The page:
Critics of the Star Wars franchise often dismiss the films as nothing but cartoons for children, but Lucasfilm literally moved forward with Saturday morning cartoons in the mid-1980s. Droids, which aired for only one season and featured the return of Anthony Daniels as C-3PO, and Ewoks, which ran for two in part thanks to the success of the Ewok TV movies, were two animated series aimed at younger fans.

Star Tours (1987-2011)
Long before George Lucas sold his empire to the Walt Disney Co., the Star Wars franchise was an integral part of the Disney Parks. The Star Tours ride, an interactive video experience that featured Paul Reubens as the droid RX-24 “Rex,” was one of Disney’s most popular attractions, but was removed and replaced with the updated attraction Star Tours: The Adventure Continues, in 2011.

Return of the Ewok (1982-?)
Sick of Ewoks yet? In 1982, Lucasfilm shot this behind-the scenes short starring Warwick Davis as Wicket the Ewok, but the project was never completed. Only bits of footage have been screened over the years at various Star Wars fan conventions beginning around 1999.

Star Wars: Shadows of the Empire (1996)
Shadows of the Empire wasn’t a Star Wars film, but it featured pretty much everything but a theatrical release. The multimedia project used a novel, comic series, video game, toy line, role-playing game, and even an official soundtrack to tell a story set in time between The Empire Strikes Back and Return of the Jedi. Luke Skywalker, Princess Leia, Chewbacca, Lando Calrissian, R2-D2, and C-3PO face off against the crime lord Prince Xizor as they search for Han Solo, who was frozen in carbonite at the end of The Empire Strikes Back.

R2-D2: Beneath the Dome (2001)
Back in the early days of the 21st Century, when viral videos were still novelty items rather than the norm, Lucasfilm released R2-D2: Beneath the Dome, a mockumentary short that imagines the life and career of R2 and his ascension to show business. Don’t dismiss this as just a failed SNL sketch, though; the short features a good deal of talented people, including Francis Ford Coppola, Steven Spielberg, Richard Dreyfuss, Ewan McGregor, Natalie Portman, Samuel L. Jackson and a rare cameo from Lucas himself.

Star Wars: The Clone Wars (2008 film)
Here’s something that’s a novelty: a theatrically released Star Wars movie that has been completely forgotten. Prior to the release of the television series of the same name, Lucasfilm edited the show’s first four episodes into a film that was rushed into theaters and subsequently bombed at the box office. Despite a tepid critical reaction to the film, the series drew critical acclaim, particularly for the introduction of fan favorite character Ashoka Tano, who will make her first live-action appearance in Season Two of The Mandalorian.

Star Wars: Episode I- The Phantom Menace in 3D (2012)
Back in 2012, when re-releasing older films in 3D was popular, Lucasfilm put 1999’s The Phantom Menace back into theaters with an added dimension (not to the story, unfortunately). The awkward post-conversion was so poorly appreciated that subsequent plans to re-release the entire saga in 3D were cancelled.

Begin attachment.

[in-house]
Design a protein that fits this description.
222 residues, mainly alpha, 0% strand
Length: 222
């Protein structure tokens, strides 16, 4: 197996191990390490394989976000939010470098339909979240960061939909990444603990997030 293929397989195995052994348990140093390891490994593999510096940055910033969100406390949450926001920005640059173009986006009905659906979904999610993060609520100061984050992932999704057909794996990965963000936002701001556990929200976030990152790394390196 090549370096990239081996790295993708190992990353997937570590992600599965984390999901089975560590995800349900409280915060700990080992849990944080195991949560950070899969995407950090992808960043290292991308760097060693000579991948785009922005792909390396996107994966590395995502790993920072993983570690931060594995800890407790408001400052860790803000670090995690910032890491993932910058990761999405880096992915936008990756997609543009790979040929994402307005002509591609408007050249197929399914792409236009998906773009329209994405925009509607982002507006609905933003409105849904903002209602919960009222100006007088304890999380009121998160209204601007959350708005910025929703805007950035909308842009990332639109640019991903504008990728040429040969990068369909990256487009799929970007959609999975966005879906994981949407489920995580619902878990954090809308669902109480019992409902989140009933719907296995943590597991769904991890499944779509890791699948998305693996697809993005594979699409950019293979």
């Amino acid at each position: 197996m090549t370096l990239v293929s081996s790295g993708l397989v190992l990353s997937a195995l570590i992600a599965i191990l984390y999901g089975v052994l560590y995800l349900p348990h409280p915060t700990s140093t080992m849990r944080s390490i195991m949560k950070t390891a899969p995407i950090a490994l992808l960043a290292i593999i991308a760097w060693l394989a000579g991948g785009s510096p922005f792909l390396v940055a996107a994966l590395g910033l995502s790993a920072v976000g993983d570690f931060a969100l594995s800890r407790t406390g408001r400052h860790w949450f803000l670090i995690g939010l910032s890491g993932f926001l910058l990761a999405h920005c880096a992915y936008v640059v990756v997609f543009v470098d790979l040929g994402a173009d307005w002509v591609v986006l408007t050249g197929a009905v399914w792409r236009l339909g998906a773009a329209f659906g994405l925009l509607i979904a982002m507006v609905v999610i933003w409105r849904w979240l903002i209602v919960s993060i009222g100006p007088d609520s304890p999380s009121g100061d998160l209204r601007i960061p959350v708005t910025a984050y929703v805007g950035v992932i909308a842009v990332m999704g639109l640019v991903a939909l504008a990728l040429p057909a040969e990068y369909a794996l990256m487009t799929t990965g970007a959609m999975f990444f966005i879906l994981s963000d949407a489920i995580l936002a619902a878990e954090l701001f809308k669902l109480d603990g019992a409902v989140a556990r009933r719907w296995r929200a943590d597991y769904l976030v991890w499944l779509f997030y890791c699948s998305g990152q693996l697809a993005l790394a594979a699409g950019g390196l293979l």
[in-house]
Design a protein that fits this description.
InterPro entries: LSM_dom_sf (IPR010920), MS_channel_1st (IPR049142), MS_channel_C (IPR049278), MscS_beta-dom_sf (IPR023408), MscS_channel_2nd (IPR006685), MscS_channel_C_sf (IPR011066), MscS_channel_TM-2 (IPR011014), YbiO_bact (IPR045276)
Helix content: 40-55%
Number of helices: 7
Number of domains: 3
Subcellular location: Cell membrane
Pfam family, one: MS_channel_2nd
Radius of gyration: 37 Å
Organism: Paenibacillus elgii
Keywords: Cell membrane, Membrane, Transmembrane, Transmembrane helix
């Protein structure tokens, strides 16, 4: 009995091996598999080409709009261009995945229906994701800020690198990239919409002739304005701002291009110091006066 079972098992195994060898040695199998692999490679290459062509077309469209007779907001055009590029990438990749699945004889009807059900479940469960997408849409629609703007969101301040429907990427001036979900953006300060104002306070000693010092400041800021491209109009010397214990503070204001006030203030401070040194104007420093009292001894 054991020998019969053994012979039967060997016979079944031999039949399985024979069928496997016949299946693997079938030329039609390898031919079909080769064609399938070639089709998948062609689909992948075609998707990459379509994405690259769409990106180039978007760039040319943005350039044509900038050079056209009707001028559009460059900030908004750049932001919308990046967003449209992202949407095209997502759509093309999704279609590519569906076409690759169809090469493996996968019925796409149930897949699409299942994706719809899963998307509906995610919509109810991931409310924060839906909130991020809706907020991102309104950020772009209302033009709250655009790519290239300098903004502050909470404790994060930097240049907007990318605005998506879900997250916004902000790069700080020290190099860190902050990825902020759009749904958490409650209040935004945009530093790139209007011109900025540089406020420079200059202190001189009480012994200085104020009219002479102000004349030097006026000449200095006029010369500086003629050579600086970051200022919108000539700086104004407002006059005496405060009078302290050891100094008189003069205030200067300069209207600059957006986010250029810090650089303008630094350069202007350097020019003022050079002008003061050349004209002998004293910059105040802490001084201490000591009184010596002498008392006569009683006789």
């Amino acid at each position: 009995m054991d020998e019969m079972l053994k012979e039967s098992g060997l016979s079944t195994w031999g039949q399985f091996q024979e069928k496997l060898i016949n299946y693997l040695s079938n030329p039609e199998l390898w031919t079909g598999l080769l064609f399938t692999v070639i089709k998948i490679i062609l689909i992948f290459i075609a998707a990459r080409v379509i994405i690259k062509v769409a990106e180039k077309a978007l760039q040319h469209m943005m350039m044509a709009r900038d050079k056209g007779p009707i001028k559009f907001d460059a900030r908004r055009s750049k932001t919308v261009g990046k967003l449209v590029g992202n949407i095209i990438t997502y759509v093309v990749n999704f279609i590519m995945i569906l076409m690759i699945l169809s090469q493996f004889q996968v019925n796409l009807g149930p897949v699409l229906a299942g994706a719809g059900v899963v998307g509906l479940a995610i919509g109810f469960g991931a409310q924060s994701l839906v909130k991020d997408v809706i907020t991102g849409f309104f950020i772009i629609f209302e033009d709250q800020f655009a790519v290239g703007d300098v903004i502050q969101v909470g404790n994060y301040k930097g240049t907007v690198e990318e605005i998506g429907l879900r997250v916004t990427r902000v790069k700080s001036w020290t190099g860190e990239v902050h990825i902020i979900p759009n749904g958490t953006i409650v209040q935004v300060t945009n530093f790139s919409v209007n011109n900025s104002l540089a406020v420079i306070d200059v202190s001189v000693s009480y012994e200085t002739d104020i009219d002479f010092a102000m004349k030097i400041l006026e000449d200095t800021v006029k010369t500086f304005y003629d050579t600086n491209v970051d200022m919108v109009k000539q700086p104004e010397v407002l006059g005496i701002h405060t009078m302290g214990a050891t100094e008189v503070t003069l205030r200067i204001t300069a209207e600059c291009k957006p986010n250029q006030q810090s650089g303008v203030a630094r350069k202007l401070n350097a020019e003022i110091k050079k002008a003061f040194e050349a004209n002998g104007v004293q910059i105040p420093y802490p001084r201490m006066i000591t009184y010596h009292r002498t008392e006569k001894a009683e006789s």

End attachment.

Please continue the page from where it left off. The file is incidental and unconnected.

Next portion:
Star Wars Detours (???)
Shortly before the Disney acquisition, Lucasfilm began production on a satirical animated series set within the Star Wars universe, spearheaded by Robot Chicken creators Seth Green and Matthew Senreich. Over 30 episodes were completed and an official trailer was even released in 2012, but all plans for the show were abruptly halted. Nearly 10 years later, and the show has still never been released in any form.

Keep the Dallas Observer Free... Since we started the Dallas Observer, it has been defined as the free, independent voice of Dallas, and we would like to keep it that way. Offering our readers free access to incisive coverage of local news, food and culture. Producing stories on everything from political scandals to the hottest new bands, with gutsy reporting, stylish writing, and staffers who've won everything from the Society of Professional Journalists' Sigma Delta Chi feature-writing award to the Casey Medal for Meritorious Journalism. But with local journalism's existence under siege and advertising revenue setbacks having a larger impact, it is important now more than ever for us to rally support behind funding our local journalism. You can help by participating in our "I Support" membership program, allowing us to keep covering Dallas with no paywalls.

We use cookies to collect and analyze information on site performance and usage, and to enhance and customize content and advertisements. By clicking 'X' or continuing to use the site, you agree to allow cookies to be placed. To find out more, visit our cookies policy and our privacy policy.

 

Join the Observer community and help support independent local journalism in Dallas.

 

Join the Observer community and help support independent local journalism in Dallas.